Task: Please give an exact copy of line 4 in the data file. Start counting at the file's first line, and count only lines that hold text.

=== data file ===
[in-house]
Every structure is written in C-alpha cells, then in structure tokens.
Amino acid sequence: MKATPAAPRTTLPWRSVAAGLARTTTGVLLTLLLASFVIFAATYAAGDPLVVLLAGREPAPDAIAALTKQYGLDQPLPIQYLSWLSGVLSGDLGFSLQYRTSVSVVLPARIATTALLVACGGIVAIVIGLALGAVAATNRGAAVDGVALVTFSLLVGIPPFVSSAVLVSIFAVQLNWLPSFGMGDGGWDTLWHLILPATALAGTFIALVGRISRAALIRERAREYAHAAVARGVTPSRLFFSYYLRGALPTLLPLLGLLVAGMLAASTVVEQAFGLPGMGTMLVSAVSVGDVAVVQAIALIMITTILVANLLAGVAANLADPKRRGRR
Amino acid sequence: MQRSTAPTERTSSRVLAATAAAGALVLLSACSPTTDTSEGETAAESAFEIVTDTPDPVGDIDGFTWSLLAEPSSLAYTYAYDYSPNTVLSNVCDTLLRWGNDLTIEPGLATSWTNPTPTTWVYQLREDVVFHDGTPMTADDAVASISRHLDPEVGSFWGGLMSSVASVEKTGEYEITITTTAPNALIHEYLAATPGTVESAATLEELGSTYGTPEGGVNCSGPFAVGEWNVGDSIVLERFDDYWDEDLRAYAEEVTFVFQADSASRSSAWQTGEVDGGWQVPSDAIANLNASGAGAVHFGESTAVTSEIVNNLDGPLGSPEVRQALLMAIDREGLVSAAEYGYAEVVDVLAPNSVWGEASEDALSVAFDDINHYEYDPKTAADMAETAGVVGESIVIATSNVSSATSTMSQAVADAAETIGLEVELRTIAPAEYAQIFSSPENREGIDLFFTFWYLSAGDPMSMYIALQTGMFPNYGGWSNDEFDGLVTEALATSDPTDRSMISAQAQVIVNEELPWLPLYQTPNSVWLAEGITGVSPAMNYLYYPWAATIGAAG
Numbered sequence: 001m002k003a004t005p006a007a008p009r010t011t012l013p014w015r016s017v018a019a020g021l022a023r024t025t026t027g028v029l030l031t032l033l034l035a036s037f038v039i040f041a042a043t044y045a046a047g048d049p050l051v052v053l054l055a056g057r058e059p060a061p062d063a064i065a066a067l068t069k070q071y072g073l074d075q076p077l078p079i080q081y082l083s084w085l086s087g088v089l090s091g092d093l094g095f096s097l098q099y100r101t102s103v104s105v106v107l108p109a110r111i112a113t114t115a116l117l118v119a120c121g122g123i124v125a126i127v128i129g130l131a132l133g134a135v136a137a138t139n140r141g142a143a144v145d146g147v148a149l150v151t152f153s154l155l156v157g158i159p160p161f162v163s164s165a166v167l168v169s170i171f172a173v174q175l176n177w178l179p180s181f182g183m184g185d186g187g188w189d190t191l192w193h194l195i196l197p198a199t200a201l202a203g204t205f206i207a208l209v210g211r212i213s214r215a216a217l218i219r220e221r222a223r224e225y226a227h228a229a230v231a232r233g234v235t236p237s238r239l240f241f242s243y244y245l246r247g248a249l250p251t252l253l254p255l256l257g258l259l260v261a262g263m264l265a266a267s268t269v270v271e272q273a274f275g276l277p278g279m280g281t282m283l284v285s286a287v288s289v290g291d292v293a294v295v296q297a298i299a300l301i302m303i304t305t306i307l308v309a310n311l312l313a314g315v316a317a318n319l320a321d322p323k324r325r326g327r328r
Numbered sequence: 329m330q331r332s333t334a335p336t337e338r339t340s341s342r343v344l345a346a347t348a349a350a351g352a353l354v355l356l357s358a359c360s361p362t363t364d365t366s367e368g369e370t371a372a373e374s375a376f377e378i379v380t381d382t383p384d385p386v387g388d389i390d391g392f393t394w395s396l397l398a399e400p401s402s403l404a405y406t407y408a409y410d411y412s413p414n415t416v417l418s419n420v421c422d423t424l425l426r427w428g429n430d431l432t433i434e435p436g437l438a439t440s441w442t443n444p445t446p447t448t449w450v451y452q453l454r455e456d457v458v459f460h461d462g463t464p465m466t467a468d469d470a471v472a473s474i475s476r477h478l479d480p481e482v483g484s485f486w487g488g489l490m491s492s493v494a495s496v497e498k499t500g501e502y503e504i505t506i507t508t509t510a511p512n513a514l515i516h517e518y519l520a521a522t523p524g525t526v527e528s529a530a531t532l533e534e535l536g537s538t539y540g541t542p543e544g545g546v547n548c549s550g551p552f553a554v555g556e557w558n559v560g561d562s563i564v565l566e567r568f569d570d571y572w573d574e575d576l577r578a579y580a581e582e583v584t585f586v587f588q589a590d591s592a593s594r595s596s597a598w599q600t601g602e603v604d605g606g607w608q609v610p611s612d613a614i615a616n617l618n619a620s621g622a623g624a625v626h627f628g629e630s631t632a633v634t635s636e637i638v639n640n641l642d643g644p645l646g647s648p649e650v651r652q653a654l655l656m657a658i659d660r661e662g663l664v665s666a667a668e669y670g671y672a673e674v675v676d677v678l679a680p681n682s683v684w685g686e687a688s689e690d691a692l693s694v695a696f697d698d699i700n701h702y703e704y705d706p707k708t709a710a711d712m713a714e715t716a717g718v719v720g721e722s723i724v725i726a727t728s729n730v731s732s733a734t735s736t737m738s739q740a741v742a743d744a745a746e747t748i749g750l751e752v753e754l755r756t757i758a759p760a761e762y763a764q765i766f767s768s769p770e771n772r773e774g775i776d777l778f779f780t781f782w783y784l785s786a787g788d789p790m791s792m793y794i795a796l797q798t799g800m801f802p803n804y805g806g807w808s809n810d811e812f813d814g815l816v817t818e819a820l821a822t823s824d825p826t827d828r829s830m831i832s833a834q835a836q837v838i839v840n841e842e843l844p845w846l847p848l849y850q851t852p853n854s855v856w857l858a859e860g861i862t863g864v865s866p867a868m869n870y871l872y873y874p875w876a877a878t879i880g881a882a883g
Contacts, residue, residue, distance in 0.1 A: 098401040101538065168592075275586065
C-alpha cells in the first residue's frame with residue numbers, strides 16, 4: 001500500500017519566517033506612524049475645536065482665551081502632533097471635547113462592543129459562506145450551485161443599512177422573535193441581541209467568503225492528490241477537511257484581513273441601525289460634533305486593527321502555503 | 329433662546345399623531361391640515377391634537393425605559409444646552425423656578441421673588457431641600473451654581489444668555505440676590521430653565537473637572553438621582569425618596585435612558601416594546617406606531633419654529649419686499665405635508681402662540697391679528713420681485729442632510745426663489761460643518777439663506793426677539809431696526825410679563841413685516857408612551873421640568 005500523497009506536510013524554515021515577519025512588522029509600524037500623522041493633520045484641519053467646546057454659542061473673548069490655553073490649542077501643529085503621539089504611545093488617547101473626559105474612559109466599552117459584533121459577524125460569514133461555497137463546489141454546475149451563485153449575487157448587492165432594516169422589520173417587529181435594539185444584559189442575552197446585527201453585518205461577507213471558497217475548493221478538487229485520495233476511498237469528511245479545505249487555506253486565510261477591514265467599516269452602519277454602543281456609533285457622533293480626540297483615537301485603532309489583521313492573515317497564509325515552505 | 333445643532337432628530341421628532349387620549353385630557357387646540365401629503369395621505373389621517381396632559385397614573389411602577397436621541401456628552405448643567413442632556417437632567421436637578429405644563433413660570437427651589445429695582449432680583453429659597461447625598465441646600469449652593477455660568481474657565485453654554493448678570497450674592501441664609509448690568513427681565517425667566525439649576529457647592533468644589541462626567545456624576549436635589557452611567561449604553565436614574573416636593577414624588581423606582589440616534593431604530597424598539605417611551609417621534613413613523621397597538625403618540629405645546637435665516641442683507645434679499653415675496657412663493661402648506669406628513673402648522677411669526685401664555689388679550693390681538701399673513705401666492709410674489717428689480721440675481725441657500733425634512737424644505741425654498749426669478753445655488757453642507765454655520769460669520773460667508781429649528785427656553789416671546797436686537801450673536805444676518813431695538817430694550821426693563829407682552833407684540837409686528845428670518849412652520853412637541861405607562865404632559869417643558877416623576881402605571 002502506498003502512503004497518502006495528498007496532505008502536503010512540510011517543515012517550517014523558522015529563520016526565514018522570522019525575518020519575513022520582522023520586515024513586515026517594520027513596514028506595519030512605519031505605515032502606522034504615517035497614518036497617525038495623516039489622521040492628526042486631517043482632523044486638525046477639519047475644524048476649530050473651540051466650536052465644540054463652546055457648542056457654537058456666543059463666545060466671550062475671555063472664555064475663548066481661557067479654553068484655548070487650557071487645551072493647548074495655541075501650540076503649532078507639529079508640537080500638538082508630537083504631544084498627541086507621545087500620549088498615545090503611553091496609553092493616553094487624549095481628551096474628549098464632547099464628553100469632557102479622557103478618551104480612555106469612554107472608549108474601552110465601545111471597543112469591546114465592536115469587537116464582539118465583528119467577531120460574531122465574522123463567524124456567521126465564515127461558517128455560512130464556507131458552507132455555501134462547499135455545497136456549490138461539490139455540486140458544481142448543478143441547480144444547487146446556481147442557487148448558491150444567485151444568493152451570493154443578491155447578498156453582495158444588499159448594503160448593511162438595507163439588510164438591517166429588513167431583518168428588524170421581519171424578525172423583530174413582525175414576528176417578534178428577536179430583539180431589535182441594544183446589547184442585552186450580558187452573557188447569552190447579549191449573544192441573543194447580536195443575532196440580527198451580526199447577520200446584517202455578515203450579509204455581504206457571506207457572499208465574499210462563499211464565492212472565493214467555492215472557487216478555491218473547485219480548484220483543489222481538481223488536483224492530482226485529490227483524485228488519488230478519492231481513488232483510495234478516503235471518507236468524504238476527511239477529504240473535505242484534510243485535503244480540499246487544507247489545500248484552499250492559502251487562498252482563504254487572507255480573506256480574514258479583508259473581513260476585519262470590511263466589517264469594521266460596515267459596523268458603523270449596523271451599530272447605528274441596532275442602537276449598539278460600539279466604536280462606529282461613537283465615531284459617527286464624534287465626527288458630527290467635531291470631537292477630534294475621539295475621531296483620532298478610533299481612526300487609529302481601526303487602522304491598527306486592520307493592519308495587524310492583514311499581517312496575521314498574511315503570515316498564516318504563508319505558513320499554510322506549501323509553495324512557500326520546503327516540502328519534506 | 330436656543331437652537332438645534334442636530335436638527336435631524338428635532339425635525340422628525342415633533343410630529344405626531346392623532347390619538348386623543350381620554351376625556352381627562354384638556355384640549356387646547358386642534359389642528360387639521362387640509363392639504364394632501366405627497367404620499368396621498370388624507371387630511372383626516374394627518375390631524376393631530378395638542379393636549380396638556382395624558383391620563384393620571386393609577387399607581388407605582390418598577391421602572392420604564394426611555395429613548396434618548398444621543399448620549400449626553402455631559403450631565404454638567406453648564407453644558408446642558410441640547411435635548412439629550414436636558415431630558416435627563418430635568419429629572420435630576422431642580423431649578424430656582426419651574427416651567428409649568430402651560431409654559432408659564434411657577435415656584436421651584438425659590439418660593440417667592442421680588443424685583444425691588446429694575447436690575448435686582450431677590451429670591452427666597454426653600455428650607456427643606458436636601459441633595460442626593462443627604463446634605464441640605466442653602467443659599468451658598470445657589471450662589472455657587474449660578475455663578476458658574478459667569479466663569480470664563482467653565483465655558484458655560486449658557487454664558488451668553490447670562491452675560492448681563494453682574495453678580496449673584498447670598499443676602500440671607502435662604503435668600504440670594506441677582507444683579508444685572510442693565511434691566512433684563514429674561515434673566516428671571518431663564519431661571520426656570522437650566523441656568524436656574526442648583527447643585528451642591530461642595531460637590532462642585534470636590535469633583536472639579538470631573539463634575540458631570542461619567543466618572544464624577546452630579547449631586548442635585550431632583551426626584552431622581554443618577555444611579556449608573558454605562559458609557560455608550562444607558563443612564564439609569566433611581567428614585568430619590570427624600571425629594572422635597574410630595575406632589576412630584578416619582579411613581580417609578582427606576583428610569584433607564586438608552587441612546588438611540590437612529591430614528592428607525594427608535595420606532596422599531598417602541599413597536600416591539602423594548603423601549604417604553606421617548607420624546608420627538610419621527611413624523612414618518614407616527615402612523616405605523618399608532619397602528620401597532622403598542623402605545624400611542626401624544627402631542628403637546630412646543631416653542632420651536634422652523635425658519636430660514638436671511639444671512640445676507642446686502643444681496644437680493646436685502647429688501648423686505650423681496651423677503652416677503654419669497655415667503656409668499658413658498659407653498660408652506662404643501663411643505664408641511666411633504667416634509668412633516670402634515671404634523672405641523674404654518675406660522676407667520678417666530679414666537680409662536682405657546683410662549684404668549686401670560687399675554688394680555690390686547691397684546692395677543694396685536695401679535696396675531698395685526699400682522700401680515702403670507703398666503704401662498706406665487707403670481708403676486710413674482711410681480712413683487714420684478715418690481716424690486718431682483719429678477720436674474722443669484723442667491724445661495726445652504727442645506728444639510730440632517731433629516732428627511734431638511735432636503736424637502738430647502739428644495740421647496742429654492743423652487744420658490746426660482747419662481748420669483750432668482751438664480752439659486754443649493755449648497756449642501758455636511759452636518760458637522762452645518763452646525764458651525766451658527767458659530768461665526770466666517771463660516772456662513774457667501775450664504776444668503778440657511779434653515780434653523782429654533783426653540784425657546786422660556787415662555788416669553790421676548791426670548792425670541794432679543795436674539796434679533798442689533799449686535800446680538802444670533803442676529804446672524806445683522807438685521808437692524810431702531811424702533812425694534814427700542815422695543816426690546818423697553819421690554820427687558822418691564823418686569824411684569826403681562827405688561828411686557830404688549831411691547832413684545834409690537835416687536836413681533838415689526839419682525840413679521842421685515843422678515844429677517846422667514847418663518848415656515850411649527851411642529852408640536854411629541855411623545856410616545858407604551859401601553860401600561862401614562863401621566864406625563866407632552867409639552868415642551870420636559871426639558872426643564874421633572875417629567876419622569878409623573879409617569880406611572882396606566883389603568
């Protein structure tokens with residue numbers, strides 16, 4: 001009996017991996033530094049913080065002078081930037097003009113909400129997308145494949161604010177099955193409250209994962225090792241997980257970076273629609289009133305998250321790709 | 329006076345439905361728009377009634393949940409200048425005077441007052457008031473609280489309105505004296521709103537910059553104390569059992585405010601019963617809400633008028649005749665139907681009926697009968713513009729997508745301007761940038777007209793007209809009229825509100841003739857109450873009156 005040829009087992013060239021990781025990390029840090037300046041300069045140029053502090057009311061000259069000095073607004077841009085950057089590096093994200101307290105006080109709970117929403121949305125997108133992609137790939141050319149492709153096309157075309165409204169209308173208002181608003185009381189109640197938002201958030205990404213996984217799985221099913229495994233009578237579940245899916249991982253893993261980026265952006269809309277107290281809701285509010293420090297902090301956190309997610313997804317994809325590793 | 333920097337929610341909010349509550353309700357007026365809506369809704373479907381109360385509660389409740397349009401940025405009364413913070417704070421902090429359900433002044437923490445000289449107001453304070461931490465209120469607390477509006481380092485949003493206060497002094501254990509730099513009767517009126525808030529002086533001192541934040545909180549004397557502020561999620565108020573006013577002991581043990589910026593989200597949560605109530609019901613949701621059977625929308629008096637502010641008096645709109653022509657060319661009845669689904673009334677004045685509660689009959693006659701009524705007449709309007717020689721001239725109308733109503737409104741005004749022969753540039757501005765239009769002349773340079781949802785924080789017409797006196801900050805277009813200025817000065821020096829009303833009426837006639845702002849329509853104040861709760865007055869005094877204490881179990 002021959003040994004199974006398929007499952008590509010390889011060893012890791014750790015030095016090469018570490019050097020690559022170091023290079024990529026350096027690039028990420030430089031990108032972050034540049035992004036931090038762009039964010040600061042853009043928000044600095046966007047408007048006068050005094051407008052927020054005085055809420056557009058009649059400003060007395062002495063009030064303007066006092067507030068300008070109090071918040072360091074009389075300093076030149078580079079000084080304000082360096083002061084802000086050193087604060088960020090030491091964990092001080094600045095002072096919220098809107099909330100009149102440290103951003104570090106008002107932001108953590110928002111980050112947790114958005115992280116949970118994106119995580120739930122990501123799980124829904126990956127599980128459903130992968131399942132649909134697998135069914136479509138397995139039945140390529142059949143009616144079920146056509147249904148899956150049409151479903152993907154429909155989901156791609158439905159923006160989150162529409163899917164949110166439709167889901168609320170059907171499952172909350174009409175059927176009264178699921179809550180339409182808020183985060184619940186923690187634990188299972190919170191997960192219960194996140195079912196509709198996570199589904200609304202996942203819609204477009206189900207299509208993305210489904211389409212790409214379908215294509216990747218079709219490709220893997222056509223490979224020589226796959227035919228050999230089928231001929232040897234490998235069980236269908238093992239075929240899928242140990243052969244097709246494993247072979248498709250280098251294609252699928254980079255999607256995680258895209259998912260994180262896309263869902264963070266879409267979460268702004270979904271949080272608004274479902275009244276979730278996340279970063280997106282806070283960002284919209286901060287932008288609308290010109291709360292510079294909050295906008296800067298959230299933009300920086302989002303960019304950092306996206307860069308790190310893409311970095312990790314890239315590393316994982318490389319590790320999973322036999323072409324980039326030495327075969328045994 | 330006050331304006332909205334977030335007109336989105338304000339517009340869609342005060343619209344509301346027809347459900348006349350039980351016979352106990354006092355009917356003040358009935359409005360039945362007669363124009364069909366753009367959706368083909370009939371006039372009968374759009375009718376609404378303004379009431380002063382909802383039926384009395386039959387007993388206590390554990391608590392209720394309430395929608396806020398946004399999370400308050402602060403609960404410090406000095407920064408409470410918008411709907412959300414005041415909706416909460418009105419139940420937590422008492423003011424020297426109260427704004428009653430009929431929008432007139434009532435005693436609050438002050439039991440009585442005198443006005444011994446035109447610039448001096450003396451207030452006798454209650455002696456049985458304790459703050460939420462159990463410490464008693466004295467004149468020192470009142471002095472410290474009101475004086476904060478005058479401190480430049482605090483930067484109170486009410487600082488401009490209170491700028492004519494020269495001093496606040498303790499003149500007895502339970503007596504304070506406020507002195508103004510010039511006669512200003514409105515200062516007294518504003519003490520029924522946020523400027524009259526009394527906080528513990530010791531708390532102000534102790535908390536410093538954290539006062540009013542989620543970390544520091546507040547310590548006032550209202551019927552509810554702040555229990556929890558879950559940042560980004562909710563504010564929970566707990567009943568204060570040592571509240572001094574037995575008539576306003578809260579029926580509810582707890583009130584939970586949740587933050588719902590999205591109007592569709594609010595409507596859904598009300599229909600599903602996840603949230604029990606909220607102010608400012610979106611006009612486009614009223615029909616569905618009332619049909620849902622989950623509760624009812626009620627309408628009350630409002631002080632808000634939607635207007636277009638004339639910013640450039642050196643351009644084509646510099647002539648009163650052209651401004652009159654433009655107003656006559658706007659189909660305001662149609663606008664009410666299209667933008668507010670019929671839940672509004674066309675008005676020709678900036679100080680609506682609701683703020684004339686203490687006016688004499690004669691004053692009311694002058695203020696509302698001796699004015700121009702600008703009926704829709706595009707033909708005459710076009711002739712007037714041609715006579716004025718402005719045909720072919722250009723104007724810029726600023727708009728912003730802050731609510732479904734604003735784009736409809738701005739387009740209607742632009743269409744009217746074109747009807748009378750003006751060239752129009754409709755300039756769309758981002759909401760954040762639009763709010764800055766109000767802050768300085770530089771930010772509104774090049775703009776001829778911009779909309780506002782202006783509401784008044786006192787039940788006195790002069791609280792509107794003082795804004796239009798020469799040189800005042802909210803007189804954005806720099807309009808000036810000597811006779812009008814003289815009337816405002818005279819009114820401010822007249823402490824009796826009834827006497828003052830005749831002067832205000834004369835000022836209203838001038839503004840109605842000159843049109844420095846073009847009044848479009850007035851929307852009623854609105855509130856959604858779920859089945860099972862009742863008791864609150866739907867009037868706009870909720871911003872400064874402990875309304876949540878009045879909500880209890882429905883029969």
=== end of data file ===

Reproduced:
Amino acid sequence: MQRSTAPTERTSSRVLAATAAAGALVLLSACSPTTDTSEGETAAESAFEIVTDTPDPVGDIDGFTWSLLAEPSSLAYTYAYDYSPNTVLSNVCDTLLRWGNDLTIEPGLATSWTNPTPTTWVYQLREDVVFHDGTPMTADDAVASISRHLDPEVGSFWGGLMSSVASVEKTGEYEITITTTAPNALIHEYLAATPGTVESAATLEELGSTYGTPEGGVNCSGPFAVGEWNVGDSIVLERFDDYWDEDLRAYAEEVTFVFQADSASRSSAWQTGEVDGGWQVPSDAIANLNASGAGAVHFGESTAVTSEIVNNLDGPLGSPEVRQALLMAIDREGLVSAAEYGYAEVVDVLAPNSVWGEASEDALSVAFDDINHYEYDPKTAADMAETAGVVGESIVIATSNVSSATSTMSQAVADAAETIGLEVELRTIAPAEYAQIFSSPENREGIDLFFTFWYLSAGDPMSMYIALQTGMFPNYGGWSNDEFDGLVTEALATSDPTDRSMISAQAQVIVNEELPWLPLYQTPNSVWLAEGITGVSPAMNYLYYPWAATIGAAG